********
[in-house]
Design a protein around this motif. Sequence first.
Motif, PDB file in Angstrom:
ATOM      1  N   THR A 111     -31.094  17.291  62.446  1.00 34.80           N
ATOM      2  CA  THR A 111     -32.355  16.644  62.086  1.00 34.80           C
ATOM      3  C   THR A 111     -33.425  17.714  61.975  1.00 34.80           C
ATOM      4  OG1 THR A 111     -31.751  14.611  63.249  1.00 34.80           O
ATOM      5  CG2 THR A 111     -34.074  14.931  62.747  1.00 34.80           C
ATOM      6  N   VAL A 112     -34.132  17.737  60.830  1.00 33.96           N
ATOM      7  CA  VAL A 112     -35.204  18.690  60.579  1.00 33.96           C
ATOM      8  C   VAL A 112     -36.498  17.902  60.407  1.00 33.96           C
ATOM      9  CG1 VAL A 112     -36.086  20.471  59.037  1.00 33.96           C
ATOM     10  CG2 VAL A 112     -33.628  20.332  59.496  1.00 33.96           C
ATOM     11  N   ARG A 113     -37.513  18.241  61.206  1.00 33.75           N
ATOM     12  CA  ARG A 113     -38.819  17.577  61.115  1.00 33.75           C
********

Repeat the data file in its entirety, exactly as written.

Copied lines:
[in-house]
Design a protein around this motif. Sequence first.
Motif, PDB file in Angstrom:
ATOM      1  N   THR A 111     -31.094  17.291  62.446  1.00 34.80           N
ATOM      2  CA  THR A 111     -32.355  16.644  62.086  1.00 34.80           C
ATOM      3  C   THR A 111     -33.425  17.714  61.975  1.00 34.80           C
ATOM      4  OG1 THR A 111     -31.751  14.611  63.249  1.00 34.80           O
ATOM      5  CG2 THR A 111     -34.074  14.931  62.747  1.00 34.80           C
ATOM      6  N   VAL A 112     -34.132  17.737  60.830  1.00 33.96           N
ATOM      7  CA  VAL A 112     -35.204  18.690  60.579  1.00 33.96           C
ATOM      8  C   VAL A 112     -36.498  17.902  60.407  1.00 33.96           C
ATOM      9  CG1 VAL A 112     -36.086  20.471  59.037  1.00 33.96           C
ATOM     10  CG2 VAL A 112     -33.628  20.332  59.496  1.00 33.96           C
ATOM     11  N   ARG A 113     -37.513  18.241  61.206  1.00 33.75           N
ATOM     12  CA  ARG A 113     -38.819  17.577  61.115  1.00 33.75           C